Hugh Cairns: Choosing a bathroom fan


Regardless of your bathroom fan location, the air that it moves should be discharged directly outside. Never vent a fan directly into an attic or within the building envelope. (Photo: Hugh Cairns)

Choosing a bathroom fan

By Hugh Cairns

Bathroom exhaust fans are an important part of a home’s ventilation system. They eliminate odors, improve indoor air quality, and remove moisture and humidity that can lead to structural damage or mildew and mold growth. Unless a bathroom is properly ventilated, the moisture from a shower has no place to go and can penetrate into drywall, attic insulation and structural components.



Since the purpose of an exhaust fan is to expel air from a room, the selection of a bathroom fan begins with the ability of the fan to remove the total volume of air in the room where it is installed.

To determine the fan you need, first you’ll have to measure the square footage of the room to be exhausted. The square footage of the room has a direct correlation to the amount of air to be exhausted every minute. All bathroom exhaust fans have an airflow rating measured in cubic feet per minute (CFM).  To find the CFM rating you need, measure the room to calculate its square footage.

Making up the air that leaves the room when the fan is in operation is very important. Make up air is the air needed to replace air being exhausted by the fan. If your bathroom has a window you can go ahead and open it. If you don’t have a window then the makeup air is drawn from adjacent rooms or forced air system registers. Try and place your fan away from the supply of makeup air so that the fan can pull the air through the room. Bathroom doors need to be undercut about a half inch to allow makeup air to enter the room. Inadequate make up air will diminish performance of the system.

The bottom line is choose a good fan. Fans with a low noise level and good performance will ultimately payoff against a cheap noisy fan that you’ll probably never want to turn on.

My bathroom fan is noisy and old. Can I upgrade to a newer, quieter fan?

You bet. In most cases you will install an entirely new unit. In some cases fan motors are available for older housings but, unfortunately, most bathroom fans models have unique housings so the chances are that you will need to replace the housing, and in some cases, the associated ductwork.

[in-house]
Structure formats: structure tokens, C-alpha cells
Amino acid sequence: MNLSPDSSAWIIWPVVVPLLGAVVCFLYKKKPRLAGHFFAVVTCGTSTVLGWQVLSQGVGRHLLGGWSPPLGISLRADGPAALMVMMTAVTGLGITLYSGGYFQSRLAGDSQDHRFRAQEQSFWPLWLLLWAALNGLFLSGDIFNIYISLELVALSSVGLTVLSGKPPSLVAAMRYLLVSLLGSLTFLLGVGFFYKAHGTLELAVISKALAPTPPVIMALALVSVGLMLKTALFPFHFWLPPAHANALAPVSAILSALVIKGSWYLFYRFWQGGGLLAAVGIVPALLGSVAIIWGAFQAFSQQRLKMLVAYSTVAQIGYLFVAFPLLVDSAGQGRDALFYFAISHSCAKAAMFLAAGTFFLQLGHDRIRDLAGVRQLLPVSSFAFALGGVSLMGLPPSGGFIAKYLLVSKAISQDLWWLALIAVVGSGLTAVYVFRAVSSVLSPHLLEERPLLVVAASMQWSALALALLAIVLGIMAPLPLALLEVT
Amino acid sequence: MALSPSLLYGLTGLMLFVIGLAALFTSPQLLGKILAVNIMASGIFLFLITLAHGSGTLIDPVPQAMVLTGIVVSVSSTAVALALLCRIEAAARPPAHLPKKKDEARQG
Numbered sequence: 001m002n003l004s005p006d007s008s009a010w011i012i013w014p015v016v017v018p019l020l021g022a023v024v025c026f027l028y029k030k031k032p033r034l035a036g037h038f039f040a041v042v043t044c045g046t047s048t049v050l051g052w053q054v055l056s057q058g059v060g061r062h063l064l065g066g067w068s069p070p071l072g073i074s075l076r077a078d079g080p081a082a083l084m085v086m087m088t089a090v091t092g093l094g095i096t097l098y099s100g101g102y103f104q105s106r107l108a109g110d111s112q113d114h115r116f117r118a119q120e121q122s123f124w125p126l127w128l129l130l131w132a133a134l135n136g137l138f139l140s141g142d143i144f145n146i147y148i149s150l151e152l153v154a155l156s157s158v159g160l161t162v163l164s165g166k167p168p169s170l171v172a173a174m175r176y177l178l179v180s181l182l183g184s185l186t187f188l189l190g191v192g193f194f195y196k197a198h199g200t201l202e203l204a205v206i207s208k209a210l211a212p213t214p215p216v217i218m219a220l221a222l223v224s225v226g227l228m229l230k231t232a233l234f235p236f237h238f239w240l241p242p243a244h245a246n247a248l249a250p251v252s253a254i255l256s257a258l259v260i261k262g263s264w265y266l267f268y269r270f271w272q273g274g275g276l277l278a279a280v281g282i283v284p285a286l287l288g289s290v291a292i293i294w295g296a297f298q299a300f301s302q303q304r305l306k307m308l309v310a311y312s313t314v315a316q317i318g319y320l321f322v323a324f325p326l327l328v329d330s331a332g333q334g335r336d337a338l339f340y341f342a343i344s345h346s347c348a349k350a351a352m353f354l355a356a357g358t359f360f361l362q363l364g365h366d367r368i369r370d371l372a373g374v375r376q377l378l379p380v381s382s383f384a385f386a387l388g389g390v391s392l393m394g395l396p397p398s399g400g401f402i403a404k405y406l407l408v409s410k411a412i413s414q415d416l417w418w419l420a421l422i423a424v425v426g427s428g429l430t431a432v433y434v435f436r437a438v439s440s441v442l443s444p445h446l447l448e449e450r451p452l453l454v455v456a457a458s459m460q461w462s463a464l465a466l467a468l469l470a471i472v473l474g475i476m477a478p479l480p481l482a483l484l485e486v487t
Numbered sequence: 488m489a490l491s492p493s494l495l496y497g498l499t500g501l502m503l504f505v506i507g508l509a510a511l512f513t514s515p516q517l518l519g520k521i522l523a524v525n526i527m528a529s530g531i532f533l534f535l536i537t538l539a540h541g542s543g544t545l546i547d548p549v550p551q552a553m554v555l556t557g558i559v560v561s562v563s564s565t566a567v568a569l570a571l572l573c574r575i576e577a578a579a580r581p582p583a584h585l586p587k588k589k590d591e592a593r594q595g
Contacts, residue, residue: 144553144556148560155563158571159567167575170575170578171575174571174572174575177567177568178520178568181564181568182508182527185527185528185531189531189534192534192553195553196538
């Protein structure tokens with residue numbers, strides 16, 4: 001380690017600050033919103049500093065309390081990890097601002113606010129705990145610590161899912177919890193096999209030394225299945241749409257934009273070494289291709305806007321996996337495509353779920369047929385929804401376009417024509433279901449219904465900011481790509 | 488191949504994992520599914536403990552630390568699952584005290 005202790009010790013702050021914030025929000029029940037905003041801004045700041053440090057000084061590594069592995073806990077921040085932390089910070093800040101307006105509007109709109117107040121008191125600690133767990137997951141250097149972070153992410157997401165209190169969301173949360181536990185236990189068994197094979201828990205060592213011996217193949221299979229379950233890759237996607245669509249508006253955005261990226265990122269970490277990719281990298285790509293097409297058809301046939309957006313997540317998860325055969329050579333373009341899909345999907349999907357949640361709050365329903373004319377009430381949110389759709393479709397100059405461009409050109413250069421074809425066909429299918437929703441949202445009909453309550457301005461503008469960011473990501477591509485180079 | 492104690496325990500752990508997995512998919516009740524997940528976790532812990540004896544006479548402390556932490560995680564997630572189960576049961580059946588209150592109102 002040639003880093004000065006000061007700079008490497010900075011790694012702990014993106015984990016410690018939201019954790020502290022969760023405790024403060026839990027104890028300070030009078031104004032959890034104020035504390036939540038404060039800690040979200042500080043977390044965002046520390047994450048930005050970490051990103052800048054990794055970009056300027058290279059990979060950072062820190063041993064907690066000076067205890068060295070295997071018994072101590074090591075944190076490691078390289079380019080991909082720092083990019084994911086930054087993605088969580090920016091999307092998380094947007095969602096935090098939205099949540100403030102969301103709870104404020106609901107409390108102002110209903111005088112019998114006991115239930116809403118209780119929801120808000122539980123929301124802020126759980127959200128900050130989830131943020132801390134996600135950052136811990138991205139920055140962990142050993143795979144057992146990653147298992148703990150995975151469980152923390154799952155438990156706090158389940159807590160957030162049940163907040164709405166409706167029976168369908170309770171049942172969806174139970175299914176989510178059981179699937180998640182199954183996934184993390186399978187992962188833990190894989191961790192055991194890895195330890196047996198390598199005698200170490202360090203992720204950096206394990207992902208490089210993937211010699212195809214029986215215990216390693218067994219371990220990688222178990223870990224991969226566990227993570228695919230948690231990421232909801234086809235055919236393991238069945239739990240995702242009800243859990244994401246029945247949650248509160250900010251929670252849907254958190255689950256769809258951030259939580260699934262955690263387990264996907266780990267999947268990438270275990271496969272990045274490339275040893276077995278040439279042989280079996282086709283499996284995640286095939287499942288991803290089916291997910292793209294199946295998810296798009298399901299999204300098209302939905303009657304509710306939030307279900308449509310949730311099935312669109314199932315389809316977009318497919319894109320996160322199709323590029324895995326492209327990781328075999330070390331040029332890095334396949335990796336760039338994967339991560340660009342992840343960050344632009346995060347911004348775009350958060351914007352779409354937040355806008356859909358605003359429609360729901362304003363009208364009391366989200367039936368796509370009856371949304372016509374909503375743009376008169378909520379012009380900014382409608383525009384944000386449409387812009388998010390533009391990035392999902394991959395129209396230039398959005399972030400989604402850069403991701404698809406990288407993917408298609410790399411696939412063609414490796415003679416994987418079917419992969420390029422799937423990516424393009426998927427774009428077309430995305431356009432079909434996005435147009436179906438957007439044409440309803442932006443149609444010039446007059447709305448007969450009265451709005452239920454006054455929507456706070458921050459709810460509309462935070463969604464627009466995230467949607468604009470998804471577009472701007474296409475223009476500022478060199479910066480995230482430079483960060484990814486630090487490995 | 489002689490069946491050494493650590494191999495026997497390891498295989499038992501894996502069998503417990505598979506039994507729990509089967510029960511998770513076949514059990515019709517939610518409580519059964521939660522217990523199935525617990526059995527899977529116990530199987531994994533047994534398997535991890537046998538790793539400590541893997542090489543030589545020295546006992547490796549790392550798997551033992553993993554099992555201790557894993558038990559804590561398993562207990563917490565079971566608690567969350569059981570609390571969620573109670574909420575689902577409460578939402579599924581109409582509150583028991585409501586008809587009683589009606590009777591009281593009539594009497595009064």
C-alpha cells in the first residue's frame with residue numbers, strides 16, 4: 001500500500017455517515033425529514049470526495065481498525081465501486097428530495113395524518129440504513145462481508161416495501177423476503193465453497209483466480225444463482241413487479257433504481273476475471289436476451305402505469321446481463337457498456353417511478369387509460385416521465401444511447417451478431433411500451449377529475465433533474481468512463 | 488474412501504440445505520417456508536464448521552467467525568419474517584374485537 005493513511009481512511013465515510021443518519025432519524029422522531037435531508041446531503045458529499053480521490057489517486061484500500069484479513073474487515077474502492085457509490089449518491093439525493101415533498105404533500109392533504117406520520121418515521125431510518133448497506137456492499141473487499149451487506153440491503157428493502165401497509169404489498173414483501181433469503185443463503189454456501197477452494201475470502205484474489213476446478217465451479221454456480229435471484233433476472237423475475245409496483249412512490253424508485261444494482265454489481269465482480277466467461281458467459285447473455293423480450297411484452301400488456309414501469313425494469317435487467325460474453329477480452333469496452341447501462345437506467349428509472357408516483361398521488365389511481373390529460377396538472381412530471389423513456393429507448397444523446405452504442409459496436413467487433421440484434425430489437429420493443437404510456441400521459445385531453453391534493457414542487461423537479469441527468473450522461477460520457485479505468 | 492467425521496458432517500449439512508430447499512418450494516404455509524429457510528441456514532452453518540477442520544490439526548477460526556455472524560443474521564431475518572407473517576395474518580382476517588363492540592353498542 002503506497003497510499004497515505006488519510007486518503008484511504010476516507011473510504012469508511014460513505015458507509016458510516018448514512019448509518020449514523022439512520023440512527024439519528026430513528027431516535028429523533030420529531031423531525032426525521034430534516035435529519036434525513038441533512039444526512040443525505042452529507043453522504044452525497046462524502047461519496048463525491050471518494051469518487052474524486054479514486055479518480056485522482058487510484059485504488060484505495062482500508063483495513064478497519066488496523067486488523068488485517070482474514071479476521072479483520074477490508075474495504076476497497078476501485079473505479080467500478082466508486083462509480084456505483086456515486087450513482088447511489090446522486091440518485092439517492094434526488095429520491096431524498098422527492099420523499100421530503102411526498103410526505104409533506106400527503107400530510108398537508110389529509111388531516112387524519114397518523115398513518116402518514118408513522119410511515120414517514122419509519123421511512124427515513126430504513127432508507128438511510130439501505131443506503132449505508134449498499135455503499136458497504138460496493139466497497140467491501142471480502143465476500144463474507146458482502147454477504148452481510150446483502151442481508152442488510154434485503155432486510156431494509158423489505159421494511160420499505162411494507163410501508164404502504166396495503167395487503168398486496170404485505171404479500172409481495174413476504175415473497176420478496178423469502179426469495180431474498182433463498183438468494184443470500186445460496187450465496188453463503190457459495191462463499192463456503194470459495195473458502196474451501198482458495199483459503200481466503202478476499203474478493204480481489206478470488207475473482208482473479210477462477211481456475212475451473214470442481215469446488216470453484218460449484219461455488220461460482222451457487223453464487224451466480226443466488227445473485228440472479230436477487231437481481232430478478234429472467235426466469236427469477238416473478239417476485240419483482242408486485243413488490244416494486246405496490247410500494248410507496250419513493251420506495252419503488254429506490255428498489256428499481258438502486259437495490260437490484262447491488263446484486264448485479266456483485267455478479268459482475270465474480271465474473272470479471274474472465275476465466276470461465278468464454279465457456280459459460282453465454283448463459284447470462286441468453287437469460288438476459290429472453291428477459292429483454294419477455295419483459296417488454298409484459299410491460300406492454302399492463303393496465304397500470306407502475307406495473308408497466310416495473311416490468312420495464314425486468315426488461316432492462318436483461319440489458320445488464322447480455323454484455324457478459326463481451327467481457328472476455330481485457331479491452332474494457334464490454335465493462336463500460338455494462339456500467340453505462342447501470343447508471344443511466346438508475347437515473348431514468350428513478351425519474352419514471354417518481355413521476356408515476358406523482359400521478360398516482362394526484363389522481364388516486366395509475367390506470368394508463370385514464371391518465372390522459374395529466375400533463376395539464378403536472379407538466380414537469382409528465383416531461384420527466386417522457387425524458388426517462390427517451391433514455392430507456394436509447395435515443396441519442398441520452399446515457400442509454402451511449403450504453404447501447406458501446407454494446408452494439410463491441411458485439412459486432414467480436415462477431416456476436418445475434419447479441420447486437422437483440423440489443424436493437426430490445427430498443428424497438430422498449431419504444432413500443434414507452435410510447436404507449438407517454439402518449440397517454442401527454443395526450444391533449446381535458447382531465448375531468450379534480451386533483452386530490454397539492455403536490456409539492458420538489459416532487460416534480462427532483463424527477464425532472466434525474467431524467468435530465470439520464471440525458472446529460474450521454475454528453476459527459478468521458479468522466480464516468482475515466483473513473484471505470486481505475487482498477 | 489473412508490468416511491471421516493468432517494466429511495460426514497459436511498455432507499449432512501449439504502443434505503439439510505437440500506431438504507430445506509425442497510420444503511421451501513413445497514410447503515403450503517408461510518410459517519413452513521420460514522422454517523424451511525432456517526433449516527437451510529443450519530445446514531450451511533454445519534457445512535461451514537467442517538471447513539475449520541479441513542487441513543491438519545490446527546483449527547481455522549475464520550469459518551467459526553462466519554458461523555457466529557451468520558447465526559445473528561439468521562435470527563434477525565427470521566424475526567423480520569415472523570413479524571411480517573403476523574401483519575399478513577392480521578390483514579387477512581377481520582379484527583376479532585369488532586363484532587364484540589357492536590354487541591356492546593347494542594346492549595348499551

How long should you run your exhaust fan?

You should run the fan continuously when the bathroom is in use. In addition it is recommended that you continue the operation of the fan for an additional 15 to 20 minutes after use of the bathroom. A bathroom fan timer is a good solution.

If you are lucky enough to have a fan with a humidistat control, the fan will do all the work for you. Alternatively you can install an aftermarket humidistat to control your bathroom fan.

Bathroom exhaust fans and home inspections

The reality is most homeowners don’t evaluate their ventilation systems let alone their bathroom fans. During a home inspection your CAHPI BC (Canadian Association of Home & Property Inspectors BC) home inspector will inspect and report on your mechanical ventilation systems. Specifically, your inspector will inspect for ventilation systems in areas where moisture is generated such as kitchen, bathrooms, laundry rooms and report on them. Home inspections don’t determine indoor air quality or your ventilation systems adequacy or distribution balance.


From experience I can tell you that the biggest problem with bathroom exhaust fans that I see on the job is where they terminate in attic spaces. When a bathroom fan pulls warm moist air from the bathroom, and distributes the air to the attic. It can condense on anything below the dew point. This can be the nails, the sheathing, the rafters and more.

What makes matters worse is that a lot of home owners never venture into their attic. There could be a problem up there festering for months or years until the home inspector finds an unfortunate condition.